Background: With the widespread use of the internet, children have been exposed to health-related information provided in multiple modes, such as text, numerical and video formats from various sources. It is imperative that children develop health literacy in order to make their own medical and health decisions based on reliable information that is appropriate for them. However, the level of health literacy among adults in Japan is lower than in eight EU countries and six other Asian countries. Acquiring health literacy at an early age is an urgent issue.
Objective: Through a thorough literature review, the present study examined the feasibility of employing a comprehensive health literacy scale for children in Japan and overseas.
Methods: A literature search was conducted on PubMed, PsycINFO and CiNii Articles for health literacy scales that targeted participants aged under 20 years. Each item on the available scales was classified in accordance with the 14 components of health literacy for children and youth, which Bröder et al. (2017) identified, as well as the eight components of health education content of the Curriculum Guidelines of the Japanese Ministry of Education, Culture, Sports, Science and Technology for defining the basic standards for education.
Results: In total, 21 scales were found, including 17 from outside Japan. Four of the questionnaires were unavailable, thus leaving 17 scales for examination. All 17 scales were developed between 2000 and 2020, and reliability was confirmed for 13. Among 17 scales, all four health literacy skills (accessing, understanding, appraising and applying) were included with eight. Several scales included child-specific components, such as communication and self-efficacy. Regarding health education content, health promotion was included in all 17 scales; the use of medical facilities, mental health, environment, and health was incorporated in several scales. Most of the scales were self-administered and involved questions about subjective experiences; however, some scales employed objective measures, such as of health knowledge and BMI.
Conclusion: Numerous scales have been developed in Japan and overseas; the assessment methods and components of health literacy and health education content differed among them. In Japan, the HLS-Child-Q15 for elementary school students aged 9 years and above and the MOHLAA-Q for junior and senior high school students aged 14 years and above are notable. With other scales, it is necessary to make a selection based on differences in the components of health literacy and health education content.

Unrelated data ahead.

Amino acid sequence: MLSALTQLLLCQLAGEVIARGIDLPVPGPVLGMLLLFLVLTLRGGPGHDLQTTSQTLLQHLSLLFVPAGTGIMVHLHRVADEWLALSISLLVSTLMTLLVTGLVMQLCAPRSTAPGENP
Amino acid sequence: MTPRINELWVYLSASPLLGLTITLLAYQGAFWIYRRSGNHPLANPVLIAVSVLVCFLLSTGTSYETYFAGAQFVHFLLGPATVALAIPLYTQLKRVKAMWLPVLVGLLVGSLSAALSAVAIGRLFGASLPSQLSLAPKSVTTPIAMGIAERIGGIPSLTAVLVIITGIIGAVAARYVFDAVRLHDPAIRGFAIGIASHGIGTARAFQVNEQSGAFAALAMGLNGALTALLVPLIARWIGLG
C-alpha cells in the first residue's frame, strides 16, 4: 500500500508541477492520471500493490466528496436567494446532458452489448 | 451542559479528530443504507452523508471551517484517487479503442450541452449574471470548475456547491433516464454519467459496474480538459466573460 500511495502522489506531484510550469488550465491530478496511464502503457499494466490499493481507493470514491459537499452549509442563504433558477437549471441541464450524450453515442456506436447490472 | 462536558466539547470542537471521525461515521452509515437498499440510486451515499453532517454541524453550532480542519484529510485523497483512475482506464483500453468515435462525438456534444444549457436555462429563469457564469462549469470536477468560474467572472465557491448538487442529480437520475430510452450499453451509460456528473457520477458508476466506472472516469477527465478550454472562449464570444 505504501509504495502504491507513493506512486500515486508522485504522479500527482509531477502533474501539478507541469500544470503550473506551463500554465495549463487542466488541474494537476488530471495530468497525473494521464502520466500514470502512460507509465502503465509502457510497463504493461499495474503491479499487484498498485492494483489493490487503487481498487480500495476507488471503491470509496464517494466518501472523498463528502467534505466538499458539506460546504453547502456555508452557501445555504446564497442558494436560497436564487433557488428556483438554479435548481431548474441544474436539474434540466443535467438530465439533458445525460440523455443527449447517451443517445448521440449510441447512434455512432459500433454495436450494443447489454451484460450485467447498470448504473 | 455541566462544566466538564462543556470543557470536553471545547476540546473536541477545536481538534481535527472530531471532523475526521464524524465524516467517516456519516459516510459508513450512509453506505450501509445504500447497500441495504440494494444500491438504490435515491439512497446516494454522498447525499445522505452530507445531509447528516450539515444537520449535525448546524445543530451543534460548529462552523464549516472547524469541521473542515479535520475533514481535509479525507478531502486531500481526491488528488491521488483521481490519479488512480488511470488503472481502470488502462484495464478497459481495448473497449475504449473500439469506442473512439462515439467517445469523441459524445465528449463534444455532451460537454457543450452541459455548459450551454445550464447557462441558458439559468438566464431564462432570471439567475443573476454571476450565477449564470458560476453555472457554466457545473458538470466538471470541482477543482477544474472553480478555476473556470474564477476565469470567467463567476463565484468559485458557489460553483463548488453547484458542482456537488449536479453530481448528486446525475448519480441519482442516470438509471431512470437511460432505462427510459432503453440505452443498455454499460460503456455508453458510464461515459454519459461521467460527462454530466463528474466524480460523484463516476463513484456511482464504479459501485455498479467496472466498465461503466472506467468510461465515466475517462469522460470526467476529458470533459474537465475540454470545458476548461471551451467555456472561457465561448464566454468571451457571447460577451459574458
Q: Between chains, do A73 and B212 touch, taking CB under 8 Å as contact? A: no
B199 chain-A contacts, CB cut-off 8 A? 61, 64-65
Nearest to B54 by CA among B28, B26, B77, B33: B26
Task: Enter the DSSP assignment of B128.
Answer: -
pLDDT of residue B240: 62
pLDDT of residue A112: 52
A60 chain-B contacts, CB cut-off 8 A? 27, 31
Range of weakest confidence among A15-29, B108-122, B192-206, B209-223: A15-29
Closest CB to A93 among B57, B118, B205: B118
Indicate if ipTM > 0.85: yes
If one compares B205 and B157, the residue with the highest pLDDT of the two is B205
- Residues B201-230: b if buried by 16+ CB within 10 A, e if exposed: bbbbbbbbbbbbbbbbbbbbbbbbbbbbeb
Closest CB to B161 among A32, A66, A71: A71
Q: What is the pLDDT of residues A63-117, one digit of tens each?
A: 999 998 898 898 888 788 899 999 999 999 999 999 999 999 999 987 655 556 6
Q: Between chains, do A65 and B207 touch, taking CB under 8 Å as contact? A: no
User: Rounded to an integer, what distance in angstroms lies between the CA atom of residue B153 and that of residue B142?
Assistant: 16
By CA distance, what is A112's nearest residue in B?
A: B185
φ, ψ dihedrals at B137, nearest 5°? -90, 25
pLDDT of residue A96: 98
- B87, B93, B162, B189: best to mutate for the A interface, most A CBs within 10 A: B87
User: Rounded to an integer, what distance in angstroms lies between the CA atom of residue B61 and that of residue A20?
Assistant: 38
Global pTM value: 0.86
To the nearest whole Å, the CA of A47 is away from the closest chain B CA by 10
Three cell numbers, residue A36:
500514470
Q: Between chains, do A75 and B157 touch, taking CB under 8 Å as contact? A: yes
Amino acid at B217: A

Background: Physical fitness in elementary school children may decline due to a decrease in exercise opportunities effectuated by school closures and restrictions on the use of playgrounds, which were intended to prevent the spread of COVID-19. However, few studies have clarified the actual condition of the physical fitness of children who have experienced school closures and restrictions on the use of playgrounds after the onset of the COVID-19 pandemic by comparing the results of the physical fitness tests of children conducted before and after the onset of the pandemic.
Objective: This study aimed to determine the difference in physical fitness in elementary school children who did (the school closures and playground use restrictions group) and did not (the control group) experience school closures and playground use restrictions during the COVID-19 pandemic.
Methods: Overall, 50 and 38 fifth-grade elementary school children were selected for the school closures and playground use restrictions group and the control group, respectively. Physical fitness tests were conducted for the former group while in the third grade (pre) in June 2019 and in the fifth grade (post) in June 2021, and in (pre) June 2017 and in (post) June 2019 for the latter group. For the measurement items, we performed a variance analysis of the groups (the school closures and playground use restrictions group and the control group)×the time (pre and post) by genders.
Results: The results showed that the interaction of the 20m shuttle run for boys was significant(F(1, 86) = 8.95, p＜.01). The simple main effect test demonstrated no significant difference in the results between the school closure and playground use restrictions group (M = 41.0, SD = 13.9) and the control group (M = 46.6, SD = 17.2) during the pre phase. However, in the post phase, the results for the school closure and playground use restriction group (M = 40.7, SD = 15.7) were significantly lower (p＜.01) than those of the control group (M = 57.0, SD = 19.9). Additionally, although the results in the post phase (M = 57.0, SD = 19.9) were significantly higher (p＜.001) than in the pre phase (M = 46.6, SD = 17.2) for the control group, there was no significant difference in the pre (M = 41.0, SD = 13.9) and post (M = 40.7, SD = 15.7) phases in the school closures and playground use restrictions group.
Conclusion: This study revealed that the aerobic capacity of boys who experienced the school closures and playground use restrictions after the COVID-19 pandemic was significantly lower than the result of boys who did not experienced the school closures and playground use restrictions.